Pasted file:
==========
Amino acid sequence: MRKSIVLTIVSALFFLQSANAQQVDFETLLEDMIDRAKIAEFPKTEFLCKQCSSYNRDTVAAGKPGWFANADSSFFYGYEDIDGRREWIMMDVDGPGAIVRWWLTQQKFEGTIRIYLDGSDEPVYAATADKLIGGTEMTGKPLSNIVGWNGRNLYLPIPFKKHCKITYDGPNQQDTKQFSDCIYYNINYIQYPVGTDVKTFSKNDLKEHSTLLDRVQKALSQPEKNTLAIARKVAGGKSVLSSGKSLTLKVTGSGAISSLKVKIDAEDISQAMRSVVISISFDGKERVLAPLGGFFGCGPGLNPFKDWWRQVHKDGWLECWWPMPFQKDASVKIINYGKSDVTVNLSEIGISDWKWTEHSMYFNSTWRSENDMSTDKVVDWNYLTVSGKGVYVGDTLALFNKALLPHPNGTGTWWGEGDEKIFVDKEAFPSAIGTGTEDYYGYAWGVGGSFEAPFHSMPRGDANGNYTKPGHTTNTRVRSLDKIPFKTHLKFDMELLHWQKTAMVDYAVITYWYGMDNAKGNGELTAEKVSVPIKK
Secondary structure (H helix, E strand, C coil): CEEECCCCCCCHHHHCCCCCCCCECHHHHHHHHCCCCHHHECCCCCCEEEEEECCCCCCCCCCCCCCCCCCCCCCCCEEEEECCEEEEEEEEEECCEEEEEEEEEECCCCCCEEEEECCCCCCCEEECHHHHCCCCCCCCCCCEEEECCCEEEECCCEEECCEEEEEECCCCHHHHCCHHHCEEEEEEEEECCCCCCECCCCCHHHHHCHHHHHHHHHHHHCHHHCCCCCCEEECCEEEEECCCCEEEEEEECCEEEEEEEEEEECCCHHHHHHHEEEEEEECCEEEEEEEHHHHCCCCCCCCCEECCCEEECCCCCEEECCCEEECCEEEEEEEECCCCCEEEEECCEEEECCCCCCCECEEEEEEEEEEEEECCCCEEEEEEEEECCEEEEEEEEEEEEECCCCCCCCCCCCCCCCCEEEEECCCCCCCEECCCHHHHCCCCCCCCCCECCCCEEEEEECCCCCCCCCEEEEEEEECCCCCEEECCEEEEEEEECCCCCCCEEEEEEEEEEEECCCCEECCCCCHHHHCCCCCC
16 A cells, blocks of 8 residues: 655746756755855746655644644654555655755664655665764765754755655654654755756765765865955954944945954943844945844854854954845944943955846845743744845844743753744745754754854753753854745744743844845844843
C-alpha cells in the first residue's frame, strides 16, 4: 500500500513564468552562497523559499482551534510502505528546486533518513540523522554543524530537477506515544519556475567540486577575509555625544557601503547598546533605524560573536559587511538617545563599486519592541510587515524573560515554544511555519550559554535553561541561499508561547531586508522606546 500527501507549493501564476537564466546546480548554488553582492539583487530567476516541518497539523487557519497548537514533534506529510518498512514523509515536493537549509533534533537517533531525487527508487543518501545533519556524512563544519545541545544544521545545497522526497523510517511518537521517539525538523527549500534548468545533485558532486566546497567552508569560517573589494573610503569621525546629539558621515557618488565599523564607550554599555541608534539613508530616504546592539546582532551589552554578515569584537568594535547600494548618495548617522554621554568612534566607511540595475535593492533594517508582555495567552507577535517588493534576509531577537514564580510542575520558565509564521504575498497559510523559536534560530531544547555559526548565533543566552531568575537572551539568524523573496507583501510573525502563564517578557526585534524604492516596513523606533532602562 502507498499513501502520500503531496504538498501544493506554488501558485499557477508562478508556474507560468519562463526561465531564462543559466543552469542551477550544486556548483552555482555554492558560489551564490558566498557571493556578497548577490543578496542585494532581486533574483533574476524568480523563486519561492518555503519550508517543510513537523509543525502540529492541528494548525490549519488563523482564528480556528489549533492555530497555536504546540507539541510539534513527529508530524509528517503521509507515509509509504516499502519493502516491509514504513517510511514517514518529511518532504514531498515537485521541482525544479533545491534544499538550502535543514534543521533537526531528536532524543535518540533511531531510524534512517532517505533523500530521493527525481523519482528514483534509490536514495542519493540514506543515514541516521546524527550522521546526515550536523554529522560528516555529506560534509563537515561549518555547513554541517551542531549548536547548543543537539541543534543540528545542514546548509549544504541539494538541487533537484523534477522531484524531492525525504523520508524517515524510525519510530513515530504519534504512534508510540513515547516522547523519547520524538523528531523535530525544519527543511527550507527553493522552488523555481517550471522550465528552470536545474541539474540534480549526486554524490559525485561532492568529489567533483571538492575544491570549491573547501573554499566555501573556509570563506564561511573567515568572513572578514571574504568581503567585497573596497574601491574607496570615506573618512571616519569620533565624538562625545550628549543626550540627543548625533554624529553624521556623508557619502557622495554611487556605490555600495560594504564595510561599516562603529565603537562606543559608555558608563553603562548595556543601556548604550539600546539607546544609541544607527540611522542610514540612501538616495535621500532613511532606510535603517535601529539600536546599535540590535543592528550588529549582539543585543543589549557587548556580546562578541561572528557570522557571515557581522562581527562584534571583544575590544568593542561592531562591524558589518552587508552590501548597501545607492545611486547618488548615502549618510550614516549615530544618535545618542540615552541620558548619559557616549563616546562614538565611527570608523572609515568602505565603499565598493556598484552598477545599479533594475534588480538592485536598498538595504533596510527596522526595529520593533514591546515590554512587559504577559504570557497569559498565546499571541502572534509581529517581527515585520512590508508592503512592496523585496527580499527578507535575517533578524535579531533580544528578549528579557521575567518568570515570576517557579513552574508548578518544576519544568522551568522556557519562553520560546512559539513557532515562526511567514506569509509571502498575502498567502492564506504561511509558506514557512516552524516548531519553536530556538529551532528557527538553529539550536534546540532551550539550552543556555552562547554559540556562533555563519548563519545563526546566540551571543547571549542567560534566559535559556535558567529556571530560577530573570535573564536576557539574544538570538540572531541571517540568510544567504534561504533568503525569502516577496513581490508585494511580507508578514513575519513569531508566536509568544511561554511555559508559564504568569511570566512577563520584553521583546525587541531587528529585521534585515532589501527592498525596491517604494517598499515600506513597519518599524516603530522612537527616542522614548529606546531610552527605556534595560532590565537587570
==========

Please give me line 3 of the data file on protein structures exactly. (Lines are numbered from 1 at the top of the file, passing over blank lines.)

16 A cells, blocks of 8 residues: 655746756755855746655644644654555655755664655665764765754755655654654755756765765865955954944945954943844945844854854954845944943955846845743744845844743753744745754754854753753854745744743844845844843